• M. Philipose, K. P. Fishkin, M. Perkowitz, D.J. Patterson, D. Fox, H. Kautz, D. Hahnel,, “Inferring Activities from Interactions with Objects,” IEEE Pervasive Computing, vol. 3, no. 4, Oct.-Dec. 2004, pp. 50-57.

  • C. Schuldt, I. Laptev, B. Caputo, “Recognizing Human Actions: a Local SVM Approach, ” Proceedings of the 17th International Conference on Pattern Recognition (ICPR), 2004.


4 approach and architecture

4. Approach and Architecture


Selecting a learning technique
Selecting a Learning Technique

  • hand-written number recognition

    • 7x11 grid of 77 cells

    • Different Techniques

      • Neural network (RBFN)

        • 5 nodes, 3 nodes, 300 iterations

        • accurate, but slow

      • K-NN clustering

        • simple and fast for small input.

        • less accurate but sufficient for this project


Learning to use the kinect sdk
Learning to Use the Kinect SDK

  • Noise reduction

  • 3D reconfiguration with OpenGL



Plain surface removal with ransac algorithm
Plain Surface Removal with RANSAC Algorithm

  • Random Sample Consensus (RANSAC)

    • randomly takes 3 points from the point cloud to determine a random plain

    • counts how many points are on the plain

    • iterating through to find a plain that has maximum number of points


K nn for shape learning
K-NN for Shape Learning

  • Learning:

    • User names each object or chooses the name from a list of names the user has already told the program

  • Testing

    • program compares the shape of the target object with previously learned shape information to infer the name


Activity recognition using the kinect
Activity Recognition using the Kinect

  • Learning:

    • Kinect tracks twenty different joints of skeletal information

    • records coordinates for each joint every 0.1 seconds for 10 seconds

    • name the activity

  • Testing:

    • Use of K-NN to infer the target activity


Demo activity recognition using the kinect
Demo: Activity Recognition using the Kinect

  • http://www.youtube.com/watch?v=AxCn0eKWkiQ


Object recognition model with shape bias and function bias
Object Recognition Model with Shape Bias and Function Bias

  • Learning:

    • Let program learn the shape

    • Activity learning to learn the use

    • Associate the activity with the name of object.

  • Testing:

    • Based on the confidence:

      • "Maybe the object is [answer based on the shape]. But the object may be a [answer based on the action] because you used the object for [the name of action]"

      • "I think the object is [answer based on the action] because you used the object for [name of action]. But it might be a [answer based on the shape] based on the shape."


Demo object recognition model with shape bias and function bias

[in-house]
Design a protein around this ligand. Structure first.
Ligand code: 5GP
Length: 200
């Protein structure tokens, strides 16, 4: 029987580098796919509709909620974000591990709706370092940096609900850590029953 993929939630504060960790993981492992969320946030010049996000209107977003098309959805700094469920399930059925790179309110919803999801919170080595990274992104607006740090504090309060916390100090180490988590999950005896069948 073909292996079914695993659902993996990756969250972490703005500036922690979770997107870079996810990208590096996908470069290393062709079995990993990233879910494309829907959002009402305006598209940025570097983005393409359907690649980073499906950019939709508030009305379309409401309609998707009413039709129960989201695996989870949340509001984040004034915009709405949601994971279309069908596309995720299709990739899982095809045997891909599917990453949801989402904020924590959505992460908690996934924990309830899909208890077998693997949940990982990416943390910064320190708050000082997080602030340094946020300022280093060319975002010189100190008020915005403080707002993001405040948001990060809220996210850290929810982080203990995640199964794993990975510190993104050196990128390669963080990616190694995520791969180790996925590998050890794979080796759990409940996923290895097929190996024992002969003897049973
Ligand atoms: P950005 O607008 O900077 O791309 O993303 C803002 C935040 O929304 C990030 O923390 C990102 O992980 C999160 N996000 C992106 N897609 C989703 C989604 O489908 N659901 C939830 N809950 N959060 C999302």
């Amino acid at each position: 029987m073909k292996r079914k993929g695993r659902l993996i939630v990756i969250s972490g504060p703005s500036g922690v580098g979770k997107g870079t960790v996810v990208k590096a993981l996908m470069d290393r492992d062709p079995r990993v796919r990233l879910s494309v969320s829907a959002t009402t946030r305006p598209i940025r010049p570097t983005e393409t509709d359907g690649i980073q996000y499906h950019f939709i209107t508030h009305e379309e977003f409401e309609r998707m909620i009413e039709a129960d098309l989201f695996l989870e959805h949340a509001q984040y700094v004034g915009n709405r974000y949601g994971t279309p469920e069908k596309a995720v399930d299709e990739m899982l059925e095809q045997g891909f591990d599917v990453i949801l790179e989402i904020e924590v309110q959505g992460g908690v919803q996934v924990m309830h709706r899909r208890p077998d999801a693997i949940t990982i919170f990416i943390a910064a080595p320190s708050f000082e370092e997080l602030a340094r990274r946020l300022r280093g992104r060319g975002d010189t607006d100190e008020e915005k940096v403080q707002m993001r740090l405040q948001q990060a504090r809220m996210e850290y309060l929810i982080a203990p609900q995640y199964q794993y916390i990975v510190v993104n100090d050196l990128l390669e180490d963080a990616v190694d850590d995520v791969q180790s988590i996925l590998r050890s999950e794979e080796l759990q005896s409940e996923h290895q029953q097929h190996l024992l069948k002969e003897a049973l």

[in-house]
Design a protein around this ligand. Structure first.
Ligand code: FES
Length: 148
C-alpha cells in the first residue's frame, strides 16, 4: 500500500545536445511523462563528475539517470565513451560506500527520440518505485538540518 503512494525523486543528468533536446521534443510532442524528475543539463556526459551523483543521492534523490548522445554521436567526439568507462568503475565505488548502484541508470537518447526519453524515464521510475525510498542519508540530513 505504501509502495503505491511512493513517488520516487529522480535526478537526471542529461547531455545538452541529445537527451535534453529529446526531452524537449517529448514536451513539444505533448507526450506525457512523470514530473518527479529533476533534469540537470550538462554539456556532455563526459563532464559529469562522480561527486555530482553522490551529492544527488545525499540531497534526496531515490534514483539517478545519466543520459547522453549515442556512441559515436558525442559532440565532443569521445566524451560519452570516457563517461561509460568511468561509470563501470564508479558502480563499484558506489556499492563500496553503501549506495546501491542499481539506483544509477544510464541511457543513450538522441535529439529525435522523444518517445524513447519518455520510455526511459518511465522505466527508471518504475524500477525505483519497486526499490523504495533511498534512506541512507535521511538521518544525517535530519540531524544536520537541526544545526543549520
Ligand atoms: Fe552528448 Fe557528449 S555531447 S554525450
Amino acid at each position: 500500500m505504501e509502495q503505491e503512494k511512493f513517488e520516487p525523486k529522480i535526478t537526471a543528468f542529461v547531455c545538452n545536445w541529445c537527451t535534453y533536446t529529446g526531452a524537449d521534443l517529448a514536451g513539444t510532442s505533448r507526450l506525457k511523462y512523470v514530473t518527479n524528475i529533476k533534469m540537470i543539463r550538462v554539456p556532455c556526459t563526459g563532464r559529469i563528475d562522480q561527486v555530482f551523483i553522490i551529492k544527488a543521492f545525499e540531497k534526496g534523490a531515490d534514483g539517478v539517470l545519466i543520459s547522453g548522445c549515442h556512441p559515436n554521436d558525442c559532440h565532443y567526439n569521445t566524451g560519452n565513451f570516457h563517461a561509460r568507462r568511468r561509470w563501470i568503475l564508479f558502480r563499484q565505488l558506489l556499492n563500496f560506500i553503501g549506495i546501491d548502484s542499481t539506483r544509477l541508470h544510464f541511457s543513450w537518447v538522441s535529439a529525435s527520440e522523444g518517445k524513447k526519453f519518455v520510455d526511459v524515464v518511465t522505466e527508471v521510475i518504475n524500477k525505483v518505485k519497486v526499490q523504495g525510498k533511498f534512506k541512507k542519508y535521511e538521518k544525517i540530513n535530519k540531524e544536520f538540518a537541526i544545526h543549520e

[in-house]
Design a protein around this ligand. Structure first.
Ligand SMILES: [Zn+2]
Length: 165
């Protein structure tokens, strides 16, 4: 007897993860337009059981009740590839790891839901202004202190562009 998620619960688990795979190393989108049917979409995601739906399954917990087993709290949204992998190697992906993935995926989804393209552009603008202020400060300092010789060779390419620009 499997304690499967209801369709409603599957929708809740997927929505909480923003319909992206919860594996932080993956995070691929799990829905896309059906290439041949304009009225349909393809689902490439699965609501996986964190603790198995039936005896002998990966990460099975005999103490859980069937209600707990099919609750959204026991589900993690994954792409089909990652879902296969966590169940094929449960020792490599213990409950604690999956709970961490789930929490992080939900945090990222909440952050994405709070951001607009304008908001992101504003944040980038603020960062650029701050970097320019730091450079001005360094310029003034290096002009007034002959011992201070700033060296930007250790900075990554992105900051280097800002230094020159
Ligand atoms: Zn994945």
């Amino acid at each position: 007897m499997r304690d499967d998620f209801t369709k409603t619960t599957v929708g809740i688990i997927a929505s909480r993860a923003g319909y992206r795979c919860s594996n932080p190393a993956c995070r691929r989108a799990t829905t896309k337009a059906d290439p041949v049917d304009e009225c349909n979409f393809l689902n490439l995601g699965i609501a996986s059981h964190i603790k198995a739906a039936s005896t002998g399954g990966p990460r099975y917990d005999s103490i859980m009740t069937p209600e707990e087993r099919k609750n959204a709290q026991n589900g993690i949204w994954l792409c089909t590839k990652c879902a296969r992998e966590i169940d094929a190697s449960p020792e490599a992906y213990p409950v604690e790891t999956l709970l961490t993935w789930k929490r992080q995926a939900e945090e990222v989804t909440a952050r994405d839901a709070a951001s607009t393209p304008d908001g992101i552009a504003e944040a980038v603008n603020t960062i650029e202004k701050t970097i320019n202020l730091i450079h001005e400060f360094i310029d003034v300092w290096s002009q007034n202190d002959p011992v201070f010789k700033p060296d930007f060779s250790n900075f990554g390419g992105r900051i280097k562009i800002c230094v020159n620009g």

Demo: Object Recognition Model with Shape Bias and Function Bias

  • http://www.youtube.com/watch?v=4ia76fzxm68


5 methodology results and analysis

5. Methodology, Results, and Analysis


Methodology
Methodology Bias

  • Target Objects

    • two objects that look similar but have a different use

    • two other objects that look different but have the same name and function

a can of antiperspirant and a can of insecticide

a conventional chair and an oddly shape of a chair


Object recognition based only on shape
Object Recognition based only on Shape Bias

  • Learning:

    • Antiperspirant

    • Insecticide

    • Chair (1)

  • Testing:

    • Antiperspirant -> “Antiperspirant” / “Insecticide”

    • Insecticide -> “Antiperspirant” / “Insecticide”

    • Chair (1) -> “Chair”

    • Chair (2) -> “Antiperspirant” ???

      • Because shape is quite different from the chair (1)


Function recognition
Function Recognition Bias

  • Learning:

    • “killing bugs” with insecticide

    • “deodorizing” with antiperspirant

    • “sitting” on a chair (1)

  • Testing

    • Killing bugs with insecticide  “killing bugs”

    • Deodorizing with antiperspirant  “deodorizing”

    • Sitting on a chair (1)  “sitting”

    • Sitting on a chair (2)  “sitting”


Object recognition based on both shape and function
Object Recognition based on both Shape and Function Bias

  • “Deodorizing” with antiperspirant

     correctly answer OR

     "Maybe the object is insecticide. But the object may be antiperspirant because you used the object for deodorizing".

  • “Killing bugs” with insecticide

     correctly answer OR

     "Maybe the object is antiperspirant. But the object may be insecticide because you used the object for killing bugs".

  • Sitting on a Chair (1)

     correctly answer “chair”

  • Sitting on a Chair (2)

    "I think the object is a chair because you used the object for sitting. But it might be a antiperspirant based on the shape."


Analysis
Analysis Bias

  • when action does not involve a lot of movement, like sitting, the program works well

  • when action involves movement like walking, the shifting of timing can be a problem.


6 conclusion

  • 1. Personal Background Bias

  • 2. Introduction

    3. Background

    4. Approach and Architecture

    5. Methodology, Results, and Analysis

6. Conclusion


Summary
Summary Bias

  • Proposed a new way of designing a computational object recognition model

    • knowledge from developmental psychology

    • shape + function

  • Leveraged powerful features of the Kinect sensor

    • depth map retrieval

    • human body joint recognition

    • easier to program an advanced application

    • less expensive

  • Result shows that the model works as expected


Future work
Future Work Bias

  • The machine learning technique used for this model can be improved

  • Speech recognition technology can be used to name objects and actions

  • Can recognize sequences of activities (workflows)

    • brushing your teeth involves turning on the faucet, picking up the toothpaste, brushing, rinsing …

  • Help to create a future semantic world with smart objects

    • visual object recognition complements RFID tag based recognition

    • the accuracy can be improved by combining with ontology field of study


Questions
Questions Bias